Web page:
Basic hygienic practices that one should already be observing are the best ways to prevent the spread of most diseases, not just COVID-19. The CDC only recommends wearing a facemask if you demonstrate any symptoms of the coronavirus or if you are taking care of someone who may have the coronavirus, including health workers.
Several universities have also cancelled classes due to the fear of continued spreading of COVID-19, especially with spring break occurring around this time for most universities with many students travelling. Harvard University, Amherst College, University of California Berkeley, Columbia University, Ohio State University, Princeton University, Seattle University, Stanford University, and the University of Washington are a few of the American universities that have cancelled classes in some form. Many have turned to online classes or different ways to continue the semester.
SPECIFIC TO MESSIAH COLLEGE
While at the moment, according to the mass email by Kathie Shafer, “the College has not made the decision to move classes online at this point, while you are away from spring break, there may be developments with the spread of COVID-19 that could affect your ability to return to campus.” The College is instructing that students prepare themselves for this event, bringing necessary items with them on their travel, including laptops, textbooks, medication and potential valuables.
In the event that classes are moved online, international students are able to remain in the country, according to an email from Lydia Skulstad, Assistant Director of International Student Programs.
The email stated that “the U.S. government issued guidance which would allow F-1 students to remain in the U.S. and complete online coursework if their institution has determined it is in the students’ best interest.”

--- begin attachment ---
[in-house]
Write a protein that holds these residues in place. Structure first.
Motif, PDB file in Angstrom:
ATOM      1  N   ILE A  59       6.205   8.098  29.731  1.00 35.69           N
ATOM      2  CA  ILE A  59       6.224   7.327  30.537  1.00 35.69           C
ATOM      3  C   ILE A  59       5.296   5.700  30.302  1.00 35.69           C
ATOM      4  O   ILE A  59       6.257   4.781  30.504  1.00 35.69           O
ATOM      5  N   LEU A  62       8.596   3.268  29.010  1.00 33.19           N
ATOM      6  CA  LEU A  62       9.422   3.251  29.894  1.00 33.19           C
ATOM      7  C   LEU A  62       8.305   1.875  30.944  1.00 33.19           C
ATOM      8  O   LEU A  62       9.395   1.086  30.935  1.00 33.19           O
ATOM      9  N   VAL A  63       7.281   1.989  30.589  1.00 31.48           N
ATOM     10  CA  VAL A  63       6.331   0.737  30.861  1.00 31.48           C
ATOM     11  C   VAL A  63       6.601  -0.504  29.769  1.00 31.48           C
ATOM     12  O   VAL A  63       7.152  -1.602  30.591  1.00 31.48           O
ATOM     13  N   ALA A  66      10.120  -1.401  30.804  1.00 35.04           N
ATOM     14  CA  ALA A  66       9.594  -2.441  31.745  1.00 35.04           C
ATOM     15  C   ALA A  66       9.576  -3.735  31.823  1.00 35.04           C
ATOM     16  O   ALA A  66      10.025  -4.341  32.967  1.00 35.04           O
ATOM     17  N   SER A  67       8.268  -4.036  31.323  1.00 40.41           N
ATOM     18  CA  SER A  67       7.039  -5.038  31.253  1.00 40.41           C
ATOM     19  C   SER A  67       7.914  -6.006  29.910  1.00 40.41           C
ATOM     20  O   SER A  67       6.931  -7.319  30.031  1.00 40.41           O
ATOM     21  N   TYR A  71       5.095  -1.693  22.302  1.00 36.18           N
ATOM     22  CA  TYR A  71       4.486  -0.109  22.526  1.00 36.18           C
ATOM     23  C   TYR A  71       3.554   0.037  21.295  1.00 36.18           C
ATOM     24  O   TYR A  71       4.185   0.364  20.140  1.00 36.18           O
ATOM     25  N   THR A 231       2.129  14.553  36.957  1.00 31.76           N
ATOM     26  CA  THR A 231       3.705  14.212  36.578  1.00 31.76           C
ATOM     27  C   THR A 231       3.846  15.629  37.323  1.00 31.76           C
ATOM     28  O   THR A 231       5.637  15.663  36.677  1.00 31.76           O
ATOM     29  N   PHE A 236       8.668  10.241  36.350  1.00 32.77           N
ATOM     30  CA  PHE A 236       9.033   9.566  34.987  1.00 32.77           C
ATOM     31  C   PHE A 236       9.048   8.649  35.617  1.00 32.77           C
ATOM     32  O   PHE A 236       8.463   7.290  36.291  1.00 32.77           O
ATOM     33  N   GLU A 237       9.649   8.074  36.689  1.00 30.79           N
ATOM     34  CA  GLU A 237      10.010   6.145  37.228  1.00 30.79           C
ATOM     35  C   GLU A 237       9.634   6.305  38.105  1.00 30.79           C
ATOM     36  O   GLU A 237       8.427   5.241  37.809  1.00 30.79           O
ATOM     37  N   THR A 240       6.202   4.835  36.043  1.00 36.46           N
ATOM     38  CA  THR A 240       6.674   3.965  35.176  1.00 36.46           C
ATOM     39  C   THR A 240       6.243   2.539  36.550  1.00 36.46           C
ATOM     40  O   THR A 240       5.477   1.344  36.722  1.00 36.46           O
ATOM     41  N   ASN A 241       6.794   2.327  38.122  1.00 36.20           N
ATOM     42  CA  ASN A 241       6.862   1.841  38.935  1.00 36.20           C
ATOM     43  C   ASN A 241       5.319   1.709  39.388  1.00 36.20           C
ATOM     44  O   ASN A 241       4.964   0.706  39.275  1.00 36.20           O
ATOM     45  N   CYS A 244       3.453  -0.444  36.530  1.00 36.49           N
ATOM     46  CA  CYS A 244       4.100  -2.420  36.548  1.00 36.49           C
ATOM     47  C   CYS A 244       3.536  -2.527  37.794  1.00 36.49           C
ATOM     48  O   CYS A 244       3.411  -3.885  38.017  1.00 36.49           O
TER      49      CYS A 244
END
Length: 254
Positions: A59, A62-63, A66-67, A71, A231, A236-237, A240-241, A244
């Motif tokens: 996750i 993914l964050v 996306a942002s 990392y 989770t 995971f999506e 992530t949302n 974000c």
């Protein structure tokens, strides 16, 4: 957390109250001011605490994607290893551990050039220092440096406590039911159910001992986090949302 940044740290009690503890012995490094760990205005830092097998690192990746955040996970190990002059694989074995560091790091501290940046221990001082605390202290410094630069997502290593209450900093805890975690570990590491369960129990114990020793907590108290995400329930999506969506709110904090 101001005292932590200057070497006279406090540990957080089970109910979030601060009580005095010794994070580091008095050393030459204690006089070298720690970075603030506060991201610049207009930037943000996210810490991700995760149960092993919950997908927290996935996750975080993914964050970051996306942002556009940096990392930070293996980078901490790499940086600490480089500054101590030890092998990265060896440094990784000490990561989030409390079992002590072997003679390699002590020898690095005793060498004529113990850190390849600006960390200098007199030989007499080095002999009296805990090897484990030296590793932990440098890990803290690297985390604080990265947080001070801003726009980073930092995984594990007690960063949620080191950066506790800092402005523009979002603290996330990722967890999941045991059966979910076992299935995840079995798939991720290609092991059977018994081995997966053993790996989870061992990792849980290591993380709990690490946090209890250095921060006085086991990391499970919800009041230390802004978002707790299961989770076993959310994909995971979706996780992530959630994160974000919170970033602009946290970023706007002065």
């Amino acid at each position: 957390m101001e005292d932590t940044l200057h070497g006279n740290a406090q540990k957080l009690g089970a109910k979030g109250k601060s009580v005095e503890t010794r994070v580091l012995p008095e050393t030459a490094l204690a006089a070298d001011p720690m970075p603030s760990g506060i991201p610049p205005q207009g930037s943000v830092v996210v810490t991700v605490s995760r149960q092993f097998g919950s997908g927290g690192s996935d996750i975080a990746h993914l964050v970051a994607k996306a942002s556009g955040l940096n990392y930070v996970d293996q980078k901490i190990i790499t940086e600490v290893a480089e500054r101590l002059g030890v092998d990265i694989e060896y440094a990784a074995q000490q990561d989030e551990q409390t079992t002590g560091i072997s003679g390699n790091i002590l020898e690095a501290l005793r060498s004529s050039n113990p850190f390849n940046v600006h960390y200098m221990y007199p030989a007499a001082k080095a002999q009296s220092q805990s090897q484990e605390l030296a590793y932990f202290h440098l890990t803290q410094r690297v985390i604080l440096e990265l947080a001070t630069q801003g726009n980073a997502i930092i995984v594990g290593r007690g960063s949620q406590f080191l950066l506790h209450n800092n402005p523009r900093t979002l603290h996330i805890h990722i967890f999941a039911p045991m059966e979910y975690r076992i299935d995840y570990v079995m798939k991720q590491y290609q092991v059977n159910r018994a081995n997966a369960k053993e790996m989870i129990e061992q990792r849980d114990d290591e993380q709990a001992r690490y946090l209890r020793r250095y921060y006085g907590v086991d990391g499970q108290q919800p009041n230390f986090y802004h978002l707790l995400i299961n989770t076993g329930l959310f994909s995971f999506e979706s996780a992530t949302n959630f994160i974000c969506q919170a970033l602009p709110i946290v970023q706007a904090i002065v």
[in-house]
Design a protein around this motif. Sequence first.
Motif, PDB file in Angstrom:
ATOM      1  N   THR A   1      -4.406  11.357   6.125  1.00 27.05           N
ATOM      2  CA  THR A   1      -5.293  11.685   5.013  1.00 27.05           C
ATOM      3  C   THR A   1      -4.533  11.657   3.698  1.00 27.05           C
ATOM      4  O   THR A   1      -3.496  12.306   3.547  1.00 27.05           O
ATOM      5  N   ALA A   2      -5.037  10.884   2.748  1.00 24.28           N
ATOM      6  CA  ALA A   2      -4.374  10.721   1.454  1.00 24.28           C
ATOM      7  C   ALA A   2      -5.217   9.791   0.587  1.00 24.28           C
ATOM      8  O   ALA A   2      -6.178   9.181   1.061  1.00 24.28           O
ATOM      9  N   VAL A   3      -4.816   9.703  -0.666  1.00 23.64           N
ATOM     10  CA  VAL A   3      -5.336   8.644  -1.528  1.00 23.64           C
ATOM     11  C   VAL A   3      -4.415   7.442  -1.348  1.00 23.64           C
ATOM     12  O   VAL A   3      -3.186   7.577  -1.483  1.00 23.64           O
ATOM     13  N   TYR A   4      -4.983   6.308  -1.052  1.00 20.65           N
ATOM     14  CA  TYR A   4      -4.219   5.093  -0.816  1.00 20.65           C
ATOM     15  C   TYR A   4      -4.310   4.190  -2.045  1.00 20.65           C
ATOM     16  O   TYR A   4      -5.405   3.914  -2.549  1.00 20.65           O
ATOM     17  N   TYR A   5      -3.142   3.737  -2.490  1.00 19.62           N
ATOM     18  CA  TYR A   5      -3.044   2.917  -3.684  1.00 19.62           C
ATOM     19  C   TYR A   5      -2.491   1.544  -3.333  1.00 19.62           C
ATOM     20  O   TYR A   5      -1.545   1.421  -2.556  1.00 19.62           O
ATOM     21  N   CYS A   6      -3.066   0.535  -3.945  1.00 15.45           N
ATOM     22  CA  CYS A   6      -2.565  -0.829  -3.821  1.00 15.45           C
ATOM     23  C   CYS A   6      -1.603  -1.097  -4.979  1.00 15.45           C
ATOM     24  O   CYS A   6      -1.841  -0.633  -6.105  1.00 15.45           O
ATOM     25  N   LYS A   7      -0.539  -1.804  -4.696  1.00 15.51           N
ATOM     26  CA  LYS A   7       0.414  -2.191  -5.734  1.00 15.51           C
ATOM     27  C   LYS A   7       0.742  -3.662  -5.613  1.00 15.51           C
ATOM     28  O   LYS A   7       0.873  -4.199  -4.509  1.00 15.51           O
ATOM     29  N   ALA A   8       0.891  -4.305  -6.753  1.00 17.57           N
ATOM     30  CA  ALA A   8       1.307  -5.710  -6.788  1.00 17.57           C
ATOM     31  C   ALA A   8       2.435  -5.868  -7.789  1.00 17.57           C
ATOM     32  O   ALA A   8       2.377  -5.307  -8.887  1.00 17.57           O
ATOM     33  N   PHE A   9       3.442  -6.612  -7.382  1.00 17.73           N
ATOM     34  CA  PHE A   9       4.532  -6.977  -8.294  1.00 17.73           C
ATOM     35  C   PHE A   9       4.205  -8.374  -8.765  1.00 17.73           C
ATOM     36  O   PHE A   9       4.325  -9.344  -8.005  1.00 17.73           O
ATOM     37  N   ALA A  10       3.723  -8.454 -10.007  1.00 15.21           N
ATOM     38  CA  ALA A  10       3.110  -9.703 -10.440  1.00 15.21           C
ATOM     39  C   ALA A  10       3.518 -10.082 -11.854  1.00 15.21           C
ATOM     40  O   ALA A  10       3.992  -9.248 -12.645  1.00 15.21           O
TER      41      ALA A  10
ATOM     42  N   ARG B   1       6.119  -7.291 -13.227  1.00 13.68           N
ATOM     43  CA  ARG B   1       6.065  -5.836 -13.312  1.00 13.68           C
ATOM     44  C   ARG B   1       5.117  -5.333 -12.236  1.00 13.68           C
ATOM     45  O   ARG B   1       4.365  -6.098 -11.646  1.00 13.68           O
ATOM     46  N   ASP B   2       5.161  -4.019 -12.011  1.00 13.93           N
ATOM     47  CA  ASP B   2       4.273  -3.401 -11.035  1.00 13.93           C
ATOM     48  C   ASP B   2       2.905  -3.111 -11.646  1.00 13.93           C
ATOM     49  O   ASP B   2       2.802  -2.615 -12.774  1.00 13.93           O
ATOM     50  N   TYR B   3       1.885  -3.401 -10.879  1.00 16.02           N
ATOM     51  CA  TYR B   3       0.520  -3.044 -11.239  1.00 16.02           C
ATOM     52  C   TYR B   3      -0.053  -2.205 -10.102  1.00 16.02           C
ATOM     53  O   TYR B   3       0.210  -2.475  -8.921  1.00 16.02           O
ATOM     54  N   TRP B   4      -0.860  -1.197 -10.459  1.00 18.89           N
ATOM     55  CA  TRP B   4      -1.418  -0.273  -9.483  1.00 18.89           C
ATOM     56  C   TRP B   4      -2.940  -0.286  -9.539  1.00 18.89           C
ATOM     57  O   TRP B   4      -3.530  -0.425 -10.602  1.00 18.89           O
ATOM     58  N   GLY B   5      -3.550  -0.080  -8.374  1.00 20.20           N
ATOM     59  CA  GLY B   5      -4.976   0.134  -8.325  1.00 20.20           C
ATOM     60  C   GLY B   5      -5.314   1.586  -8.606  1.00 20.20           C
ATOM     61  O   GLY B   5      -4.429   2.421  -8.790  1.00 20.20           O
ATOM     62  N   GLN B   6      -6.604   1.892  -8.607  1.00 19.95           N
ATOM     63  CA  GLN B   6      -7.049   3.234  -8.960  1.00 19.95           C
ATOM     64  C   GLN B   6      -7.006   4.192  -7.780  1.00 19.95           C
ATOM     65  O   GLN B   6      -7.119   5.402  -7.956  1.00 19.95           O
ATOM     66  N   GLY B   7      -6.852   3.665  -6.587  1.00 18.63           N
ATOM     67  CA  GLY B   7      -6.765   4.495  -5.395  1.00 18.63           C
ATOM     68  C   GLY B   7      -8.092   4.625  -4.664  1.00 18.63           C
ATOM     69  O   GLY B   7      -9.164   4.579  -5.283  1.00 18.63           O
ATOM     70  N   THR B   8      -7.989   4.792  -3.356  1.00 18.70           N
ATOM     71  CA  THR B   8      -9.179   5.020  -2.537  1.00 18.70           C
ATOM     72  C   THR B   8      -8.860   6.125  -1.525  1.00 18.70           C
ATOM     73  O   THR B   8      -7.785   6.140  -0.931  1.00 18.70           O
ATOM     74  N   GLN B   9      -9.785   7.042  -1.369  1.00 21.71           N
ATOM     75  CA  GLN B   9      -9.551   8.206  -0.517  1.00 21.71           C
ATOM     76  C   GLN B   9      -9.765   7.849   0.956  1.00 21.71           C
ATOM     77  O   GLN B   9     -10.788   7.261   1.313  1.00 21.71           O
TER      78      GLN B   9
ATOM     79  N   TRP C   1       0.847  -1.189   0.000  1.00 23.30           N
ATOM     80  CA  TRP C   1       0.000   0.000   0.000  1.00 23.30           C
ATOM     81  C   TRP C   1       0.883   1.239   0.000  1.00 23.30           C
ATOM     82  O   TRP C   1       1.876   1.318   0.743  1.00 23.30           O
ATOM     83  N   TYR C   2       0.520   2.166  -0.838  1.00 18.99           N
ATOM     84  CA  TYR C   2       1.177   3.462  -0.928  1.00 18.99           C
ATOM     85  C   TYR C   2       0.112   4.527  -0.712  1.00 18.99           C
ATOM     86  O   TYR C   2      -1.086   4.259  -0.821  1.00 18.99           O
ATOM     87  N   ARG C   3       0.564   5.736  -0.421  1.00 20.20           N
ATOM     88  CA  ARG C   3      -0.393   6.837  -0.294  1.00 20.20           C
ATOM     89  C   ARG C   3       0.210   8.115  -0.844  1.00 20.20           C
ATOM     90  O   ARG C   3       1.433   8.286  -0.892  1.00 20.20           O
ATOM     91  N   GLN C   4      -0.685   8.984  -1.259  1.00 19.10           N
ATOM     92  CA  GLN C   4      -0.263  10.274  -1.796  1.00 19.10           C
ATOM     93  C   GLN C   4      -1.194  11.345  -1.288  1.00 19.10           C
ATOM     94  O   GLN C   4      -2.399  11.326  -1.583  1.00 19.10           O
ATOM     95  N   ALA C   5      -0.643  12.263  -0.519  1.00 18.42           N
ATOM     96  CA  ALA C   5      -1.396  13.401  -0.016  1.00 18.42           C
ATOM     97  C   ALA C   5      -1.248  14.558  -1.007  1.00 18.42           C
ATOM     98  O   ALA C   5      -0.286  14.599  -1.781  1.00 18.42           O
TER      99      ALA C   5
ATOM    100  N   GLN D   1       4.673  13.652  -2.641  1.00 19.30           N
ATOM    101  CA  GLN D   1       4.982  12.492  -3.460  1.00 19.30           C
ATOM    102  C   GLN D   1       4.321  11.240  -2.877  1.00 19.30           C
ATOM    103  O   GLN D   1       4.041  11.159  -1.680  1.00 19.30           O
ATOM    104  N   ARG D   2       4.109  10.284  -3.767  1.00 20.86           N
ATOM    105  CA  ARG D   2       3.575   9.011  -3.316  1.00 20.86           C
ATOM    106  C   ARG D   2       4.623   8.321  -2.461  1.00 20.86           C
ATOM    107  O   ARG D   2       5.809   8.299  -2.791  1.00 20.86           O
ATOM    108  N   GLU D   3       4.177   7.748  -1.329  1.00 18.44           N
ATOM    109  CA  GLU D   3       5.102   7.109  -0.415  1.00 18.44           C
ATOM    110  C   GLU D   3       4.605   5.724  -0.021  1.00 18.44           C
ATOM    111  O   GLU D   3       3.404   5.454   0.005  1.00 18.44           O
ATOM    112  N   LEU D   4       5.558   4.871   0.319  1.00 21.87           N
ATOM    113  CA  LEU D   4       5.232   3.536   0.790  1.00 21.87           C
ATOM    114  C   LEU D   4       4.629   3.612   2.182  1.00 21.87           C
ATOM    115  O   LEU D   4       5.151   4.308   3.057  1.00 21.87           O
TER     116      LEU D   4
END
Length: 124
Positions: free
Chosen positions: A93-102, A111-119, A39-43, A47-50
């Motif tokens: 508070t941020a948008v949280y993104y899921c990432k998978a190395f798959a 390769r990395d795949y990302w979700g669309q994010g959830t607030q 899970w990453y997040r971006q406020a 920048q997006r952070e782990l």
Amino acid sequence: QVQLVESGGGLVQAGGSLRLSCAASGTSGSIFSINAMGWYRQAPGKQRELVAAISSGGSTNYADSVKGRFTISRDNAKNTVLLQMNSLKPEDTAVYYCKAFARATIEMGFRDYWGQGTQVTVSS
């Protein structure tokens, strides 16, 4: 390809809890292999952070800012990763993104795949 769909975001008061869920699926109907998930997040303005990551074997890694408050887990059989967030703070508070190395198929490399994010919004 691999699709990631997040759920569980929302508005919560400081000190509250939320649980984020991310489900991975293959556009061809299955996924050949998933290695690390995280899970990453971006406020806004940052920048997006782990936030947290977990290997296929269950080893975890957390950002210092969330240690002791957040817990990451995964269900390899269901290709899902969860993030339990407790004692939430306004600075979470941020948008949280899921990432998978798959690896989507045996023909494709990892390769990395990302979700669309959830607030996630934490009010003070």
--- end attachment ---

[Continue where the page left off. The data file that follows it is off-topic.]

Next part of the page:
It is also strongly advised to sign up for Messiah’s text alerts so you can receive new information and updates immediately.
Messiah College encourages students and faculty to follow CDC travel guidelines including unnecessary travel for those with the conditions listed, as well as international travel to high risk locations also listed.
Though several states have had confirmed cases of COVID-19, chances of contracting the virus are low. The risk of infection primarily extends to students who plan to travel in high risk countries outside of the United States.
An important thing to remember is that the virus is transmitted through exchanges in bodily fluids, not through touch. Regular hand washing is the best preventative method for getting sick with any kind of virus.
Most importantly, “Employees, educators and students should be aware that if you have been potentially exposed to the COVID-19 virus during your travel, you should expect to be required to be self-quarantined and not return to campus for at least 14 days. Individuals in this situation should contact the Engle Center to make an appointment once they are able to return to campus to be evaluated before resuming their normal employee or student routine.”
The College asks that if you do plan to travel for spring break, that you fill out a travel form here.
Lastly, if you do experience any symptoms, it is important to contact the Engle Center at 717-691-6035 to either set up an appointment or report the illness, since all even speculated cases of COVID-19 are to be reported to the PA Department of Health.